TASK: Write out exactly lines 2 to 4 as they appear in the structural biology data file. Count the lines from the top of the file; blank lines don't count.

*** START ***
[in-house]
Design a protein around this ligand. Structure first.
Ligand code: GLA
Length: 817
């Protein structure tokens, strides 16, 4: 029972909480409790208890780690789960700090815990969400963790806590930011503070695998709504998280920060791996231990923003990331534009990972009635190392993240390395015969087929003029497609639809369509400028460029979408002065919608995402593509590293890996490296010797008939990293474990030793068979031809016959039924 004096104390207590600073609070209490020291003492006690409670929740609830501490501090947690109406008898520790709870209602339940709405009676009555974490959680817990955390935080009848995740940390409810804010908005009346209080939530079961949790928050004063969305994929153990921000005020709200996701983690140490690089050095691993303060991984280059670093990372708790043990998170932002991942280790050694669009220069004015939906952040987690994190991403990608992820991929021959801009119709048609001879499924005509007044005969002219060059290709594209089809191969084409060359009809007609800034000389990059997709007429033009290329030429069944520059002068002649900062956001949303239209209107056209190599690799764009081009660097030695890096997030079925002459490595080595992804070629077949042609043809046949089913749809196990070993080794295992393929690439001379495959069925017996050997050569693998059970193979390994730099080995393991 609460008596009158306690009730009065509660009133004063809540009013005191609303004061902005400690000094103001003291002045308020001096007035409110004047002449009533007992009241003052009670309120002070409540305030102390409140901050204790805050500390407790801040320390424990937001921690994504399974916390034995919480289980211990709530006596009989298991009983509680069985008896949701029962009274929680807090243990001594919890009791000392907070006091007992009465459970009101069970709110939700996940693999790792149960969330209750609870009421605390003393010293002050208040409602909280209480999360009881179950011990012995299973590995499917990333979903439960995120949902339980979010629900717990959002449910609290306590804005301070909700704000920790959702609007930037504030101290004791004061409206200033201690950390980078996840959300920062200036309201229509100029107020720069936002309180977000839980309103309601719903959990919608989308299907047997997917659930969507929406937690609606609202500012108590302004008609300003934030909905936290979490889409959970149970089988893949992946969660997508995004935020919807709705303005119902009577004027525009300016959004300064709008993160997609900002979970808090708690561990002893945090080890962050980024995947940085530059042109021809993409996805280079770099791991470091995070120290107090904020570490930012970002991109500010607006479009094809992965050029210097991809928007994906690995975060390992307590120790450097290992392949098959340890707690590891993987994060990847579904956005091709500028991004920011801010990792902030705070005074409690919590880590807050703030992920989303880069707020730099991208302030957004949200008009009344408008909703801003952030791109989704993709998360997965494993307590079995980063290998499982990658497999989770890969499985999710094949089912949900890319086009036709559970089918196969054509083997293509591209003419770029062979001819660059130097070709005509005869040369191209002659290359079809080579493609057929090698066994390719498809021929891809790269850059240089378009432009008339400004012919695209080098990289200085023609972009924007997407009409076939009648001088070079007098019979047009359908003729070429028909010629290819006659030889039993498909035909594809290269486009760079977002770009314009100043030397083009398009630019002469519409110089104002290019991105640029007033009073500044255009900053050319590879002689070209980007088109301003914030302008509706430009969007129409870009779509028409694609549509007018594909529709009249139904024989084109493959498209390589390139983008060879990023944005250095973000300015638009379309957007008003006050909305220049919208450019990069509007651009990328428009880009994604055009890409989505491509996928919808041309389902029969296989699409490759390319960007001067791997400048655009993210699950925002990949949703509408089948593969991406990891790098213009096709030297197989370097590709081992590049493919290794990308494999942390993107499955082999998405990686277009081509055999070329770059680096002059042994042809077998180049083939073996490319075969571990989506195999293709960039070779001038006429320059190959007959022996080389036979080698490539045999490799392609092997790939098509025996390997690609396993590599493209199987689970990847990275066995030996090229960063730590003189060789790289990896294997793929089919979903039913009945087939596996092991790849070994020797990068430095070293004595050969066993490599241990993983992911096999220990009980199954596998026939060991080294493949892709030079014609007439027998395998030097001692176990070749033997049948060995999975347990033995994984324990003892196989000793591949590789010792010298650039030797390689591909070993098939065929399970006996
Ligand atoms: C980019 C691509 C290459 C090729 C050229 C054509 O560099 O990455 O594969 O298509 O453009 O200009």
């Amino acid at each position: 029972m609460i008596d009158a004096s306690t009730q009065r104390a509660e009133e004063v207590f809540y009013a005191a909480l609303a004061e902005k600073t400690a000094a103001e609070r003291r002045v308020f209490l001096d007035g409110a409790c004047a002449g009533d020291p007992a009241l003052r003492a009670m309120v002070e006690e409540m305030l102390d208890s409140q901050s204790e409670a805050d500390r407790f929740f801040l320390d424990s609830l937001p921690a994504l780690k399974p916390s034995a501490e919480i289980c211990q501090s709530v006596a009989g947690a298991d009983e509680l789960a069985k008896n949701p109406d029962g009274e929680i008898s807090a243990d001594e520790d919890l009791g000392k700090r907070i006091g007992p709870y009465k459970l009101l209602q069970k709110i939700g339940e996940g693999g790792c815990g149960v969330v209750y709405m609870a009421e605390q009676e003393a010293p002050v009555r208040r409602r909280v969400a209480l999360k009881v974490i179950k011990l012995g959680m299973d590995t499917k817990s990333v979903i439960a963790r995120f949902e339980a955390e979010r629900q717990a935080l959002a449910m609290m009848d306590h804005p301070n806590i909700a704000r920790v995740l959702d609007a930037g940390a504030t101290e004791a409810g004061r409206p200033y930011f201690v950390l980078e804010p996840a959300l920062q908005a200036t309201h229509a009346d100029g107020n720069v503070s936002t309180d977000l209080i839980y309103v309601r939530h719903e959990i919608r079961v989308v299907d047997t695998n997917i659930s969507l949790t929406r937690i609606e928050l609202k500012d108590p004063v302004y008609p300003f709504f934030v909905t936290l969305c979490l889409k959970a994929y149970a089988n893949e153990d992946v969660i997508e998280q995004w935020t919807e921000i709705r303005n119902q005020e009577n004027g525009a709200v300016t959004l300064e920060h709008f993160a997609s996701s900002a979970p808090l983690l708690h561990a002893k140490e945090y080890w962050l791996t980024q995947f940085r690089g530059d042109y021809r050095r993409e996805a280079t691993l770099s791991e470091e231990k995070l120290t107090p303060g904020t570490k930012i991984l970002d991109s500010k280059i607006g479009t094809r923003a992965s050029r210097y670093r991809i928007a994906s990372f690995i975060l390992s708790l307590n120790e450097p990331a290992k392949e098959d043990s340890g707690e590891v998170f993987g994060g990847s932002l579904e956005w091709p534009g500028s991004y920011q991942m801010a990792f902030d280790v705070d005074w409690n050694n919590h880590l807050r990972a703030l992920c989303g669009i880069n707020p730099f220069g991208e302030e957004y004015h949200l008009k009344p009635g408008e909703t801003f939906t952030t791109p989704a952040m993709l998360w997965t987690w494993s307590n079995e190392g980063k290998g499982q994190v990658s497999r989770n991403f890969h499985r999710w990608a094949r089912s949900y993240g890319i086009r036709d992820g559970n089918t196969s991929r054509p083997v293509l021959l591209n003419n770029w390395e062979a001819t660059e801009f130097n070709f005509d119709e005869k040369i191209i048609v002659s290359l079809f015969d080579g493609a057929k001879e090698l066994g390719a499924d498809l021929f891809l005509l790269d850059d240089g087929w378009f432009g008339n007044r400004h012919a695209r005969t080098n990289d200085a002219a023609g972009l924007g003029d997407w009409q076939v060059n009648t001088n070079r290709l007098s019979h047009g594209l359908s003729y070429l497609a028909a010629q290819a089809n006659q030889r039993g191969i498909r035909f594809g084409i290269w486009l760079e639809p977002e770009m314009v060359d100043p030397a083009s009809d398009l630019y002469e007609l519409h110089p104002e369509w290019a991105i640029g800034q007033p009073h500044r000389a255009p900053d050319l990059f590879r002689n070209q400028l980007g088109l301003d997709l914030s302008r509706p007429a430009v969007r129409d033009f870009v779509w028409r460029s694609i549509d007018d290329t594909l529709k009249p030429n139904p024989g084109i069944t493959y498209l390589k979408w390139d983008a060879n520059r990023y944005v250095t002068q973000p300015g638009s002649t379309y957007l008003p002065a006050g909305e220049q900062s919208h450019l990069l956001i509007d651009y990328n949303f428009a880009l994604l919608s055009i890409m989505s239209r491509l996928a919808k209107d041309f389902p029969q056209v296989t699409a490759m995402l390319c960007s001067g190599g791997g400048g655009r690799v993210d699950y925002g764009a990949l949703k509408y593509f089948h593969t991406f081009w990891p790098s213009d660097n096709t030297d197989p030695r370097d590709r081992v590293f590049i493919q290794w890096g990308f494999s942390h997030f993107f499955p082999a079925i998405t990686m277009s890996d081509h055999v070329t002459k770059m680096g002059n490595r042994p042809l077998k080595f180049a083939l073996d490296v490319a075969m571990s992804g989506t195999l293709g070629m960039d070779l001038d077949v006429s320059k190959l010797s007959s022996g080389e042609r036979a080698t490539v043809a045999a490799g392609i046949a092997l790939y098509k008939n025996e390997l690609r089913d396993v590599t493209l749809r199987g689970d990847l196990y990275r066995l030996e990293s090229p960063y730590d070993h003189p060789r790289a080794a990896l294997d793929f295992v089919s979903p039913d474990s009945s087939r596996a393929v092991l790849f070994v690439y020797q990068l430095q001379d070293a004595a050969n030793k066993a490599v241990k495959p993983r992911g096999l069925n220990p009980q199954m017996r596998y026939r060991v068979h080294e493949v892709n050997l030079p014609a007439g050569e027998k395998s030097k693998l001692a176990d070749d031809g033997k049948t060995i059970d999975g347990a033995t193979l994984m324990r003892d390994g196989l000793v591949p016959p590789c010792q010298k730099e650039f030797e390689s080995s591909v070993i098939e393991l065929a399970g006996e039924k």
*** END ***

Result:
Design a protein around this ligand. Structure first.
Ligand code: GLA
Length: 817